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I was wondering if anyone had considered something like a solar kiln for treating lumber. I don't know how hot it has to get to cause the volatile organic compounds to offgas, but I know getting rid of the moisture and VOCs is essentially what makes the Shou Sugi Ban method of wood charring for preservation work.

What I am envisioning is essentially an outbuilding designed to contain the logs standing on end. Something outhouse-sized, as tall as necessary, with a sunward wall made of reclaimed windows, with ventilation designed to trap heat, to warm incoming air, and to maintain a moisture-controlled slowly drying environment.

I think I would do something regarding oiling the timber or logs with linseed or mineral oil as they dry, maybe sitting the butts in rubber hydroponics trays filled with the stuff. As moisture leaves the top cut ends of the wood, capillary action should draw the oil up into the logs, ensuring they don't split, and conferring a measure of water impermeability.

Water is one of the enemies of longevity of organic matter. As mentioned previously, lumber kept submerged stays intact because of the lack of oxygen. I don't think doing so confers any special longevity to that wood after it comes out. It's still food for things that like wood, and coming out of the water, it's chock-full of all the stuff that wood decomposers need to thrive.

EDIT: One thing that just occurred to me is that the foodstuffs could be eaten by anaerobic life, leaving only the indigestible structural material behind. Any thoughts?

So what about the solar kiln idea? The materials and effort required to build such a structure would be way less than digging a pond for the purpose. Can anyone think of a reason this wouldn't work?

-CK
 
Chris Kott
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I just checked out Appropedia to see if they had an entry under Solar Lumber Kiln.

So it's not just speculation. I was thinking about a long black manifold under or over the windows for a solar heated air intake, but having a barbeque black-painted metal roof with an intake channeling air between it and a sheet metal underlayer would be a much better solar air heater.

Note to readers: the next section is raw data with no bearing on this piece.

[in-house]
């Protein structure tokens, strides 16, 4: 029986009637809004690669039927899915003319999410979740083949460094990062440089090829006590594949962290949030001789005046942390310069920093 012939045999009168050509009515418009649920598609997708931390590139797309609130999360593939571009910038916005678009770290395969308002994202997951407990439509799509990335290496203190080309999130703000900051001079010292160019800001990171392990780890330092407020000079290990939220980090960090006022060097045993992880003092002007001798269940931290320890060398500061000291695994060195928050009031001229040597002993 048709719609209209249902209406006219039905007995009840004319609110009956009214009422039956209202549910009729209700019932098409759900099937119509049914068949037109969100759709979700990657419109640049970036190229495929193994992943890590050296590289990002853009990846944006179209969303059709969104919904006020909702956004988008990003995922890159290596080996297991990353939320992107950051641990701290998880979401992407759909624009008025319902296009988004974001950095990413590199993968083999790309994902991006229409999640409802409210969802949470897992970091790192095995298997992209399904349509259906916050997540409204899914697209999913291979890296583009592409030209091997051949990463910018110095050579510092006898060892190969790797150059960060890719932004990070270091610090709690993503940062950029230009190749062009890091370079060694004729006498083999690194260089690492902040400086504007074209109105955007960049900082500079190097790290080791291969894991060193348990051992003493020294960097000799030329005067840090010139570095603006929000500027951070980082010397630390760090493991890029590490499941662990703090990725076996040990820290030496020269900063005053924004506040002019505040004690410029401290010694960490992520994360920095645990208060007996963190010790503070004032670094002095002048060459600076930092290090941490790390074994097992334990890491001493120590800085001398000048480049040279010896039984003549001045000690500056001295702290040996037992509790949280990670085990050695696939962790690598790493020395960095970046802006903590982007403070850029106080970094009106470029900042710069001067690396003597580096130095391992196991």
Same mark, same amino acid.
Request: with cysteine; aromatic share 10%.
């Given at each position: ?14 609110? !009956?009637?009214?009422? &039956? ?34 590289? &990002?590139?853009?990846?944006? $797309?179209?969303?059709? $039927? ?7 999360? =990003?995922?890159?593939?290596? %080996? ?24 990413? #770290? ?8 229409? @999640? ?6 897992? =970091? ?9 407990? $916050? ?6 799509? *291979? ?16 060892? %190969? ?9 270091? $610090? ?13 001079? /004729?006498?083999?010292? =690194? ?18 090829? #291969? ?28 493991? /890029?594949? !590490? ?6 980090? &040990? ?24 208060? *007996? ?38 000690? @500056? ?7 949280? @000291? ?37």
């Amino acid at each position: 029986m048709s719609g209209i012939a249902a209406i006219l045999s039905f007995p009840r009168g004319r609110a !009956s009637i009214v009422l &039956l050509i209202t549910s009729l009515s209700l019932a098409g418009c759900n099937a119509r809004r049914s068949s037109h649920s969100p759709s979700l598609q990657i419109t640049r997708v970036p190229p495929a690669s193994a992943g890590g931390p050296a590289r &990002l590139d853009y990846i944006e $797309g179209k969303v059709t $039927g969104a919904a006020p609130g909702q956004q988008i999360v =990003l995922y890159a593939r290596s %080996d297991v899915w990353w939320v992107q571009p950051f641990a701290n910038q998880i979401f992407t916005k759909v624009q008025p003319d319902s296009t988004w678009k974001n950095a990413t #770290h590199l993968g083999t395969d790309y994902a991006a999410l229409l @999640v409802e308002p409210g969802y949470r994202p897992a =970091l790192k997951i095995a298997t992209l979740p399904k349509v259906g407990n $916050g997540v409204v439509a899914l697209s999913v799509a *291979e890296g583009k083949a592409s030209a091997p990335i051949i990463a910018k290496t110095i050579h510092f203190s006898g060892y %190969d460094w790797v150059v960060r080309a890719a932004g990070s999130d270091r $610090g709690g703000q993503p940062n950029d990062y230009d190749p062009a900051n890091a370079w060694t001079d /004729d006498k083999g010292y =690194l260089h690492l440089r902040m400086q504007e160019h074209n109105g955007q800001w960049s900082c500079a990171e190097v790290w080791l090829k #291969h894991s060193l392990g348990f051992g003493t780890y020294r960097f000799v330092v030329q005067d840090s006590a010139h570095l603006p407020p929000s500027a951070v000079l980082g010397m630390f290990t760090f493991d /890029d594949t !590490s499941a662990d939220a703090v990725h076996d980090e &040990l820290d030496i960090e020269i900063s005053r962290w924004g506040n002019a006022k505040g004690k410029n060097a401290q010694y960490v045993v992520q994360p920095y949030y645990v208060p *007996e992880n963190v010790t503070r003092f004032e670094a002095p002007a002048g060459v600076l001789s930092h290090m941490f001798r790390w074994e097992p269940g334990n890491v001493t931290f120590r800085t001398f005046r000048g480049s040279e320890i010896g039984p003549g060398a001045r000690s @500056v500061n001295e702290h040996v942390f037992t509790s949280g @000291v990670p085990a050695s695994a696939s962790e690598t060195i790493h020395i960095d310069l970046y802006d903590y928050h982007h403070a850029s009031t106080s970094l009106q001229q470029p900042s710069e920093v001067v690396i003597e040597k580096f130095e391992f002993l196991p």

-CK
 
wayne fajkus
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Yok, cattle trough is where a cow drinks, so it is submerged in water.

Raw logs may be viable but i would not do it on store bought kiln dried lumber. Major warpage will occur as it dries. If you have to set up kiln just for this reason, it defeats the reason you bought the lumber early- to save money.
 
Chris Kott
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Wayne, the "kiln" we're talking about is a slow process, both the way I described and the way it is laid out on the appropedia article, and we're essentially talking about a shed built to store raw lumber and keep the moisture to a minimum, to draw it out of the wood.

I would contend that cattle troughs, or even better, a dug pond, would be much more cost and labour-intensive.

-CK
 
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Location: Bendigo , Australia
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In Australia we used steel posts.
Its good value, easy to handle [ don't need cranes ], works well with concrete holes in the ground backed filled with concrete.
They can be bolted to footplates installed earlier or even bolted to existing slabs.

And last for many years longer than wood.
If a wood look is needed I guess you could hide them, but in my case, I just want a shed etc.
And steel works well.
 
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I restored an old 100+ year old spring that was lined with hemlock around the base to support the cover.  The hemlock beams that were exposed to the air were completely rotten, the hemlock submerged was solid. I don't doubt the old timer but I wonder if there was an additional step, a certain acidity to the water or if the fellow was just speaking of a certain species?  Hemlock will hold up submerged without oxygen but once you take it out I have no idea if it would retain that.  I would imagine once the oxygen gets to it the rot would set in but maybe not? I sure would like to test it now that you bring it up.  Just the other day I crossed a stream and what I thought was a rock about a meter under the sandy bank I noticed was an ancient hemlock a good 6 feet in diameter quite preserved. It must have fallen in a time when maybe the beavers flooded the land and now there is a small stream that passes over it.  Judging by the landscape that tree must have been resting there many hundreds of years or maybe more. 
If you test this please let us know of any success or failures.  
 
Posts: 74
Location: San Diego, California
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What these guys say above is true: wood stored underwater will be preserved due to lack of oxygen, but once exposed, it starts to degrade.  To again preserve/maintain it's integrity back above water, it needs to be dried (not just dry, but slow dried at exact temperatures, humidity levels, and time intervals.) much too cost prohibitive for the average user. I'm probably remembering poorly, but saleable lumber is usually dried to somewhere between 6-12% moisture content within the wood during the kiln process.